I am sure no one is more uncomfortable with depending on Russian cargo launches than NASA and certainly if SpaceX and/or Kistler can provide a domestic Cargo service then NASA will buy all they need.

A question I have is where did the ATK interest in Kistler come from?  Is it strictly business a job to make money on or to develop integration experience for future vehicles such as the Ares V or the EDS.  Or did the ATK NASA good ol' boys network ask for help to make the K1 viable?
SpaceX, just a few things planned for 2018: FH, Starlink Prototypes, Block 5, Dragon 2, Increased launch rate.

Offline yinzer

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Re: Kistler/Orbital divorce
« Reply #26 on: 05/02/2007 01:17 AM »
ATK could also think that if in the near future it starts looking like COTS has no chance of providing access to the ISS, people might start looking at something involving EELVs and an HTV- or ATV-style spacecraft.  That would have the potential to be very, very bad for the Ares I.  Bad enough that it may be worth kicking in some money to keep RpK looking viable until the Ares I makes it a little further down the design process.
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Offline aero313

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Re: Kistler/Orbital divorce
« Reply #27 on: 05/02/2007 02:22 AM »
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wannamoonbase - 1/5/2007  8:47 PM
A question I have is where did the ATK interest in Kistler come from?  

ATK is currently printing money.   They manufacture something like 80% of the ammunition purchased by all federal and state organizations.  That's where the money for Swales came from.  That's where the money for their small launch vehicle came from.  That's where the money to buy Microcraft and GASL came from.  Couple this with the rapidly dwindling market for solid propellant systems, and ATK is smart to be looking for alternate business areas.  Whether they can successfully become a prime is a different question.  The have not demonstrated that ability to date.  Integrating the diverse companies they've bought is a major problem.  Lockmart, Boeing, and Orbital have not fully done it yet, and it's what, ten years since the LockMart merger?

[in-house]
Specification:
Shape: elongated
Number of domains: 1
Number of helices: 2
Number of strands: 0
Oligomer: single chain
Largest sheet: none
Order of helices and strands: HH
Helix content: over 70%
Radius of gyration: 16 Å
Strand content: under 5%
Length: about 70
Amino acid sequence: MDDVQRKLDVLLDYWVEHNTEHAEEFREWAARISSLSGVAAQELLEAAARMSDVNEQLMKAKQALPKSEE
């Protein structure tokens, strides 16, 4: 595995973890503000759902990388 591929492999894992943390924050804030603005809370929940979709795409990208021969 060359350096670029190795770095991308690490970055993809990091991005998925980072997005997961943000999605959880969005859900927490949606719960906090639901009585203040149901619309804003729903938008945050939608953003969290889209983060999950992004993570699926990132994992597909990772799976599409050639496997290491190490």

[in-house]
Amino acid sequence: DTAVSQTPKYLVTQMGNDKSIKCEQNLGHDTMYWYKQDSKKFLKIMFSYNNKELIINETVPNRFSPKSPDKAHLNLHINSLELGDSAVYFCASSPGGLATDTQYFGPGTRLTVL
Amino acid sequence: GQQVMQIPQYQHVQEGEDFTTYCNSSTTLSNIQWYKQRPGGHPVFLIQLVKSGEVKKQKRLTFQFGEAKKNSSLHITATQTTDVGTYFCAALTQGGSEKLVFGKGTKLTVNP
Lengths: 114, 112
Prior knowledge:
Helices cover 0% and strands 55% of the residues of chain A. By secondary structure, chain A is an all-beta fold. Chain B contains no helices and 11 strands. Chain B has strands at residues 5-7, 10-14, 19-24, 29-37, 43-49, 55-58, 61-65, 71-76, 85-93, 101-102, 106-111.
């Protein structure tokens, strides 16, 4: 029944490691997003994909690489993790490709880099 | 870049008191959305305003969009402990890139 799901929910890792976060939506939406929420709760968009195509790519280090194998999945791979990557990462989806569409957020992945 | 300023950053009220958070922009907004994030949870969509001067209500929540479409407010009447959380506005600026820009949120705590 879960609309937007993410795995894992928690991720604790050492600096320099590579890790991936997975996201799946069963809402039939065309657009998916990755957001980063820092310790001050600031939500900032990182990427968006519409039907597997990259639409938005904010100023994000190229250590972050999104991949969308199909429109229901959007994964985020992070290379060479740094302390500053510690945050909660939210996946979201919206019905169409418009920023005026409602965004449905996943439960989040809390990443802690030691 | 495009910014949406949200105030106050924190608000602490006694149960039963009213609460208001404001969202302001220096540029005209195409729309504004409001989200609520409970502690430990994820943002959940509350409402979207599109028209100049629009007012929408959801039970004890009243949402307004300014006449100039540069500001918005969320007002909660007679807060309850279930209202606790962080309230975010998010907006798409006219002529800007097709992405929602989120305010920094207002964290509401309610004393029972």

Offline Danderman

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Re: Kistler/Orbital divorce
« Reply #28 on: 06/02/2007 05:21 PM »
So, is the RpK plan to launch the K1 next year still on track?

Offline NotGncDude

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Re: Kistler/Orbital divorce
« Reply #29 on: 06/02/2007 09:50 PM »
I think they've been scheduled for 2009 for quite some time. In any case I am sure the funding shortage will push back the schedule. I am pretty sure there will be no flights in 2008.

Offline Antares

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Re: Kistler/Orbital divorce
« Reply #30 on: 06/02/2007 10:53 PM »
The integrated NASA program schedule still shows them in 2008.  I agree that's not realistic, but that's what their Space Act Agreement called out.
If I like something on NSF, it's probably because I know it to be accurate.  Every once in a while, it's just something I agree with.  Facts generally receive the former.

Online wannamoonbase

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Re: Kistler/Orbital divorce
« Reply #31 on: 06/03/2007 02:58 AM »
Given that we are just about 50% through 07 I would bet that neither SpaceX or Kistler launch a vehicle before the end of 08, in fact getting one on a pad would be very impressive.
SpaceX, just a few things planned for 2018: FH, Starlink Prototypes, Block 5, Dragon 2, Increased launch rate.

Online MKremer

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Re: Kistler/Orbital divorce
« Reply #32 on: 06/03/2007 07:27 AM »
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wannamoonbase - 2/6/2007  9:58 PM

Given that we are just about 50% through 07 I would bet that neither SpaceX or Kistler launch a vehicle before the end of 08, in fact getting one on a pad would be very impressive.

Just wondering how that will affect their contracts, and if so, could Congressional space committees get involved and hold hearings.
(Congressional hearings concerning private contractors failing to meet fairly expensive contracts - especially if they're involving NASA - aren't considered very good PR no matter how corporate spokespeople and executives try to spin them.)

Offline Jim

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Re: Kistler/Orbital divorce
« Reply #33 on: 06/03/2007 09:08 AM »
They technically don't have contracts, just an agreement.  The agreement says they get pay for certain milestones at certain times.  If they don't meet them, they don't get the money